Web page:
This happened to my original after a month and I was sent a refurbished. Now it happened to the refurbished. After 2-3 calls to Kodak and talking to the "supervisor" who sounded like the same person on the other side of the world, they offered me 25 dollars off my repair. You have to be kidding me. Warranty aside(no longer under warranty) I should not have to pay for it when I'm onm my 3rd Kodak V1253 in 15 months!!!!!!!
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This usually happens when the contacts between the lens and the camera are dirty. Try taking the lens off and cleaning carefully the metal contacts on the camera and the lens. If that does not solve the problem, you can get a warranty repair or replacement since that camera should still be under the original 12 month warranty.
Since you were not as clear as you could have been, my expertise is limited. When I had a camera like this, mine did the same thing. I sent it in to the manufacturer and they told me it was unfixable and my best bet was to purchase a new one. I purchased a refurbished version of the same model, and it worked fine. This is a very rare problem, and your best bet is to get rid of the camera and get a new one.
Assuming that you have fresh or fully charged batteries installed,
chances are that the problem is corroded battery contacts inside the
camera. Remove the batteries and clean the inside contacts with a fine
wire brush, steel wool, or fine sandpaper. Remove any residue that's
in the camera from the cleaning, then reinstall your batteries.
Hopefully this will cure the problem and get the camera back up and
working the way it should.
If that doesn't do the trick, you might want to try your luck with the Kodak Troubleshooting guide at:
Probably the most common failure for all digital cameras, a lens error. Usually it's sand or grit interfering with the lens extension mechanism. Or the camera's been dropped with the lens extended. Or the camera has been powered on, but the lens had been blocked preventing its extension. Or the battery ran down with the lens extended ...
Here's some things that you can do to try to correct it. They only seem to work for less than 50% of the lens errors, but if the camera is out of warranty, they're worth a try:
I know this is late, but this happens frequently. If anyone else has the same problem try unplugging the TV for 60 seconds. Plug it back in and then hold the power button down for 30 seconds.
That will reset the TV.
You should see the Westinghouse logo come up and the HDMI should work. This has happened twice with my TV in 1 year.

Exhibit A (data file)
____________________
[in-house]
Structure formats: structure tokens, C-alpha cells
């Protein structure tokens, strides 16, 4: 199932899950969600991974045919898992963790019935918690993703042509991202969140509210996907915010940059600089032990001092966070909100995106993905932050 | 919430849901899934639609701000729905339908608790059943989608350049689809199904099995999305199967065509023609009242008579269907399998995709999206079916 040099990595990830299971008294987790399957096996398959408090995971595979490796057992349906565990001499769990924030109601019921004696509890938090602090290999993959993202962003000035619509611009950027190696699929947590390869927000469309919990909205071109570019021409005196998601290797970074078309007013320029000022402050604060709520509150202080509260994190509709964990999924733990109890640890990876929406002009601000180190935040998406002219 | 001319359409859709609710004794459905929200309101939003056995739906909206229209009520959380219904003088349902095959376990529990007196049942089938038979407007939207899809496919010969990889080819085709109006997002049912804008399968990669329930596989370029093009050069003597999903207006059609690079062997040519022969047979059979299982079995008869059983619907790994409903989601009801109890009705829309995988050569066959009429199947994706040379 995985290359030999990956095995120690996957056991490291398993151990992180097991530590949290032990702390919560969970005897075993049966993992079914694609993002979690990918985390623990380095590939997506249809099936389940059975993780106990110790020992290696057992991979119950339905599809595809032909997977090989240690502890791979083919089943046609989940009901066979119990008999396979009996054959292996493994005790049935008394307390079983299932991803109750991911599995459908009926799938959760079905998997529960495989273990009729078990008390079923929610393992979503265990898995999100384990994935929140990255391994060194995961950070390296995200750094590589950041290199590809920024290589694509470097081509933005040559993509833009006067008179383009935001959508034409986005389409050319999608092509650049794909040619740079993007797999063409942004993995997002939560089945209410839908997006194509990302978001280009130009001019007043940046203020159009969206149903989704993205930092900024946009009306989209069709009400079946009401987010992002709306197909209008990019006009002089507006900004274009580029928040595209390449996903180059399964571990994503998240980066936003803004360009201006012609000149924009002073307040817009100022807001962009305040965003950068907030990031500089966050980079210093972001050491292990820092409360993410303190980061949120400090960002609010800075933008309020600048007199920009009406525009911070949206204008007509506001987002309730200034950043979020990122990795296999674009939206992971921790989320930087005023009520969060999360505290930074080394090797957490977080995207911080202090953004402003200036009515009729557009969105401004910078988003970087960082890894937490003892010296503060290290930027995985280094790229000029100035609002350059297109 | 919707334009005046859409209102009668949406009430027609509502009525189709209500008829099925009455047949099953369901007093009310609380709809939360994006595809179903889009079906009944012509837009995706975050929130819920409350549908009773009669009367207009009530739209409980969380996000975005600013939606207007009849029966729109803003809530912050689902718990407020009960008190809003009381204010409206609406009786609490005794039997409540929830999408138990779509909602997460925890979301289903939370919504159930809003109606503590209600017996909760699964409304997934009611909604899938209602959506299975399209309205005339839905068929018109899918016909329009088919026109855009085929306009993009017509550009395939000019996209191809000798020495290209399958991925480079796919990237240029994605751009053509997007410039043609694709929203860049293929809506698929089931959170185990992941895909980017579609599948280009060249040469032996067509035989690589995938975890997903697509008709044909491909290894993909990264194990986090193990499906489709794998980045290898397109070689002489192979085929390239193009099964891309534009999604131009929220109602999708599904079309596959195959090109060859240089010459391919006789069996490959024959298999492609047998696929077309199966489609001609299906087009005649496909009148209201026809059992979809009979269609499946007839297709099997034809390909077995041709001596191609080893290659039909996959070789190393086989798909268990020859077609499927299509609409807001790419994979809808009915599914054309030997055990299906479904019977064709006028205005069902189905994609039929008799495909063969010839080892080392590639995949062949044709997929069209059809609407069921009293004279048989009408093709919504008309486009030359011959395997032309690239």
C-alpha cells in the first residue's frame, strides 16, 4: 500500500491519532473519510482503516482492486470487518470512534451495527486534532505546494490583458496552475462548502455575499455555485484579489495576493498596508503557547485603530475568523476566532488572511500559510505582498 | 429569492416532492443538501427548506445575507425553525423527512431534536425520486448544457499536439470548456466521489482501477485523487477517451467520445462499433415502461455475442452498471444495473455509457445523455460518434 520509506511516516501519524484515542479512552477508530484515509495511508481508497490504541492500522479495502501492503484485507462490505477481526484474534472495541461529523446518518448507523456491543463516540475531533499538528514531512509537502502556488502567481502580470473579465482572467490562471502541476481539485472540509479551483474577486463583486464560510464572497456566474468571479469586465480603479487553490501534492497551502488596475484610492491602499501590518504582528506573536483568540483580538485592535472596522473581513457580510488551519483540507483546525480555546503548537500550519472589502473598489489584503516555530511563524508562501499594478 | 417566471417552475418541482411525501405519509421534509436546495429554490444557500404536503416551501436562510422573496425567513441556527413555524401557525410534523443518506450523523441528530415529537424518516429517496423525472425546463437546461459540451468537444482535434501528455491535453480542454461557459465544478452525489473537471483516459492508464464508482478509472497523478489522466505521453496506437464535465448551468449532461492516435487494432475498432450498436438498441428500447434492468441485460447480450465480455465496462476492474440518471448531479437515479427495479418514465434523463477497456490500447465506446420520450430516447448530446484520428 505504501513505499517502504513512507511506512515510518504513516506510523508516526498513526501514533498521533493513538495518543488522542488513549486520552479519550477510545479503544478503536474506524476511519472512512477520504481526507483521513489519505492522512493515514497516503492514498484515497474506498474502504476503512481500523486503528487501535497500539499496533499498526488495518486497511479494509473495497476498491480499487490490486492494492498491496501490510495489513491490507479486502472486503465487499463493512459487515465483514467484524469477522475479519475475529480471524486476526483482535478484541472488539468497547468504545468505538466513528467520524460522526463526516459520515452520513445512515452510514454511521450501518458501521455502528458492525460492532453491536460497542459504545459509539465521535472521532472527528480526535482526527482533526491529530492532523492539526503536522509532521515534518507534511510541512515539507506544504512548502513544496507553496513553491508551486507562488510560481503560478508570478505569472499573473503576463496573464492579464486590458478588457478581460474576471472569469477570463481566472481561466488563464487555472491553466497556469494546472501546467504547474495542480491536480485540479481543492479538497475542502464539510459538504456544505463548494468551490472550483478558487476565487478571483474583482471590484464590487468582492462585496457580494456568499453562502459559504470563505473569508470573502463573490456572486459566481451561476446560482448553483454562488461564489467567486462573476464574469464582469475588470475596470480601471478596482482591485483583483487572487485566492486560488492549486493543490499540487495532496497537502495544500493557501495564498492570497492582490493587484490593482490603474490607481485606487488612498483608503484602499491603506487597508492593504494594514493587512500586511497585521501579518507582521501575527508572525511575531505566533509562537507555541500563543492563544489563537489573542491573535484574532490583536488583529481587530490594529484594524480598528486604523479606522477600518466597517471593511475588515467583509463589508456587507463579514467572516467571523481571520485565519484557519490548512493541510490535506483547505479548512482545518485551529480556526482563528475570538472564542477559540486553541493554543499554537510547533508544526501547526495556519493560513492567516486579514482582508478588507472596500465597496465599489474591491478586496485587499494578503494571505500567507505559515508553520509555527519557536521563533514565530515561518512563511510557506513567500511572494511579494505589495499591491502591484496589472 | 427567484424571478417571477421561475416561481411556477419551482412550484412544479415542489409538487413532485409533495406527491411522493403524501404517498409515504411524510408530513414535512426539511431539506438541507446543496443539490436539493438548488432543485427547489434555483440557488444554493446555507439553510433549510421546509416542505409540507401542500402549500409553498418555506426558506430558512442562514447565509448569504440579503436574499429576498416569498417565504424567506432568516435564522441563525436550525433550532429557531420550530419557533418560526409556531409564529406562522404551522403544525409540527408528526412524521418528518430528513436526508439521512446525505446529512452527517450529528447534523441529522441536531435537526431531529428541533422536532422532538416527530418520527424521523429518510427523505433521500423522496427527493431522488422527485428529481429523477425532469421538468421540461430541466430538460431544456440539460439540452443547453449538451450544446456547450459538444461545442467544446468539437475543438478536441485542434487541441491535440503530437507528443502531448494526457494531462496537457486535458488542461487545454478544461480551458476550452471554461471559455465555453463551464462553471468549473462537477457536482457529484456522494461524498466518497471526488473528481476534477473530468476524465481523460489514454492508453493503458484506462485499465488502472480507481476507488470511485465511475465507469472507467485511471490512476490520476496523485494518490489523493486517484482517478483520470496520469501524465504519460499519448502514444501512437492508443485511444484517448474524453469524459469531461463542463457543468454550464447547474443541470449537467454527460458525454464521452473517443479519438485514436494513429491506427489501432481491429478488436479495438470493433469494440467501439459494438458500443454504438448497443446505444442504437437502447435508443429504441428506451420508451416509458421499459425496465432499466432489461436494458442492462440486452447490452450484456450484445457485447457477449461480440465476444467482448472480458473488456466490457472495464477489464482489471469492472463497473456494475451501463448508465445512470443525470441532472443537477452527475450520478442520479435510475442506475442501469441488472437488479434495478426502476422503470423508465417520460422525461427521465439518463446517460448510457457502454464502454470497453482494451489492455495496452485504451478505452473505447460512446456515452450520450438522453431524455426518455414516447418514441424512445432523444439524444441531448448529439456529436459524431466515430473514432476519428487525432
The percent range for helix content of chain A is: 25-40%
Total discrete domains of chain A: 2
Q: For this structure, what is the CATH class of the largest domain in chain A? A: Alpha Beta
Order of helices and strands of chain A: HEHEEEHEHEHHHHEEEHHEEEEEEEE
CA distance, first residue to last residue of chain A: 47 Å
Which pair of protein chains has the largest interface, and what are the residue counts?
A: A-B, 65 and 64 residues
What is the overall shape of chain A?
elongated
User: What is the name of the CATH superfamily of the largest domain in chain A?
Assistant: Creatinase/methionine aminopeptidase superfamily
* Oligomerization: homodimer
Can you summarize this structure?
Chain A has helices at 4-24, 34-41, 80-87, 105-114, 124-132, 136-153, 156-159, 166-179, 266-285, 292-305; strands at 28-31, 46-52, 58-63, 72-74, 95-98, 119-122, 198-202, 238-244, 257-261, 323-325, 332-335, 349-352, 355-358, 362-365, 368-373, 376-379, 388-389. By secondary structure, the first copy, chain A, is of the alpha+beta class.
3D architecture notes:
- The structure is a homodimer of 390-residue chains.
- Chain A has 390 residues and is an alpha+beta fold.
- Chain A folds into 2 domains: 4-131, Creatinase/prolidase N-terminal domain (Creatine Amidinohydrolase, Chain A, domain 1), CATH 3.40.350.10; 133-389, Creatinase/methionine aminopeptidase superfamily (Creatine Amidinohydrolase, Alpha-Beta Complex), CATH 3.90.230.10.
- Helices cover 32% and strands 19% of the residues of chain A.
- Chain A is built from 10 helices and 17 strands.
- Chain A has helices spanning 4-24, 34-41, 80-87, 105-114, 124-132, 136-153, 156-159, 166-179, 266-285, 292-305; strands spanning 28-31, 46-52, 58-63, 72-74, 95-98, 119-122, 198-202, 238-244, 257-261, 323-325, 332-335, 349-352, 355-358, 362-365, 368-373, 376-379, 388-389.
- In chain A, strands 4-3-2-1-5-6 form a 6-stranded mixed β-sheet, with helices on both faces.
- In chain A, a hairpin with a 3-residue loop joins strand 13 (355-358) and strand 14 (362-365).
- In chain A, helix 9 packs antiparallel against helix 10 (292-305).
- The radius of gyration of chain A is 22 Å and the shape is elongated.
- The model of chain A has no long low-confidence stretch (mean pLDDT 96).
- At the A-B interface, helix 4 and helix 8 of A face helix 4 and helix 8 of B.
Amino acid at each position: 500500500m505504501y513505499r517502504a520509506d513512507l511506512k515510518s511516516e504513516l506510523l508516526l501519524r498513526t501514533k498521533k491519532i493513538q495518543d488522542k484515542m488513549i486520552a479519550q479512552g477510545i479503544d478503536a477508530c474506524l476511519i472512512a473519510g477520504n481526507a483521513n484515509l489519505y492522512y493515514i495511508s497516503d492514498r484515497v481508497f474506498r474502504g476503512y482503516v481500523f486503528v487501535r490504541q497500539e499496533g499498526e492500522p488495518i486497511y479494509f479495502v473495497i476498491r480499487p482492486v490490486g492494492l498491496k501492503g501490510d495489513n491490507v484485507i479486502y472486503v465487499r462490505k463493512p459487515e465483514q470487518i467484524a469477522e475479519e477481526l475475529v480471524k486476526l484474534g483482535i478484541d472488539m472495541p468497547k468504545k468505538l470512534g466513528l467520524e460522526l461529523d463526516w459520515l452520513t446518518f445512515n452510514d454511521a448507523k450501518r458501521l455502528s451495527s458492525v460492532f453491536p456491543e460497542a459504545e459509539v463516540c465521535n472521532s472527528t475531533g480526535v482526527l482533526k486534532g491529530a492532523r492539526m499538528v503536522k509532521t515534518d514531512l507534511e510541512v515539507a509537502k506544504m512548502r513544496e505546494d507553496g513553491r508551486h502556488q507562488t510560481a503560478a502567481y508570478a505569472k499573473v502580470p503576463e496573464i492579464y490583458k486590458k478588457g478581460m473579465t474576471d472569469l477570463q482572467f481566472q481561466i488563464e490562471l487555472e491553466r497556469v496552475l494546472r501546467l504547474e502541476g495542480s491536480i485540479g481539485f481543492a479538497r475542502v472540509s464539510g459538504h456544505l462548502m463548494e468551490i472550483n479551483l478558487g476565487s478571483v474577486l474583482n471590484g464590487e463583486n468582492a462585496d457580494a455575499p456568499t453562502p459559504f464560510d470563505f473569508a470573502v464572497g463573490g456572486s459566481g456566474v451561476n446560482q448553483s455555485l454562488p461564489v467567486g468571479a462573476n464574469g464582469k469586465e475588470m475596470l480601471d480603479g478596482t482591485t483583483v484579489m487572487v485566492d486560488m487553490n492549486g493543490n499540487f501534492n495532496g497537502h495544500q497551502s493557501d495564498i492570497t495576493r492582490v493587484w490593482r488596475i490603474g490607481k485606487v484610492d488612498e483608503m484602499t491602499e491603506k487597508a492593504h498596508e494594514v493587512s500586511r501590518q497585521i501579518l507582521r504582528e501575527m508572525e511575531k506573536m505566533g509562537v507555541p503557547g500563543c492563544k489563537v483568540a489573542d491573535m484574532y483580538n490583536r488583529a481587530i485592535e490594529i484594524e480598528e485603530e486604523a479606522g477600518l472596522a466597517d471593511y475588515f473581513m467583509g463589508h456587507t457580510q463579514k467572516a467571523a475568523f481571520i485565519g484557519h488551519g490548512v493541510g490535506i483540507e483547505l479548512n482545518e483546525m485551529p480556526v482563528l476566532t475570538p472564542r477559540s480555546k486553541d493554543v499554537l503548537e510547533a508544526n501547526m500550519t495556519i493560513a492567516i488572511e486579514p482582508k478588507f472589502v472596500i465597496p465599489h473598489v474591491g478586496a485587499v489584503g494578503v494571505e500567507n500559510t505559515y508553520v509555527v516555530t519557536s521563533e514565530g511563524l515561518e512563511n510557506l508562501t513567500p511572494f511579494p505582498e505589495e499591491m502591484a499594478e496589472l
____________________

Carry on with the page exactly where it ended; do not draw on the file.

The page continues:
An E18 lens error or a "lens error restart camera" message is almost always a problem that must be sent in to the service center for repair. Though most often the result of a fall or other physical impact, they can occur spontaneously. Like a car stripping its gears, the lens motordrive mechanism has gotten off track. Often the camera will make a grinding noise as the camera lens attempts to track back and forth and occassionally the unit will beep several times and turn itself off.
Unfortunately most point and shoot cameras have very delicate lens mechanisms and it doesn't take much force at all to cause this to happen. Very often you may inadvertantly obstruct your camera's lens with your hand when holding the camera and turning it on. In these cases it is often possible for your lens to correct itself by actually turning the camera on and off several times (restarting camera). In the case of falls or drops, however, the impact damage is often uncorrectable by simply restarting and the unit must be sent in for service at that time.
If this happens to your camera through no fault of your own and you are still within your twelve month warranty period, simply send the camera in for service and the unit will be repaired at no charge. If you are outside of your warranty period OR it is determined by a technician that impact, liquid, or grit (sand or dirt) damage is at fault then you will be assessed a repair charge (even if within your warranty period).
Typically customers with out-or-warranty repairs will have a choice of either repairing their camera at the stated charge or (depending on the camera model) taking advantage of the Canon Loyalty Program in which they may opt to select a specific refurbished camera model of slightly higher model design - at a discounted price.
If it is under warranty send it in as soon as possible. Have a brother same problem. I believe it is a known problem with Sony cameras, but you don't see that in there adds. But he sent his in they replaced the lens assembly and updated the software. His was only three monthes old at the time.
The LCD goes dark after the camera has been inactive for a time, to save battery. When that happens, you can easily restore the LCD display by half-pressing the shutter.
If you want to, you can turn this off by selecting menu-setup-SleepTimeout and turn it off. (I don't recommend it, though, as the LCD always on will drain your battery).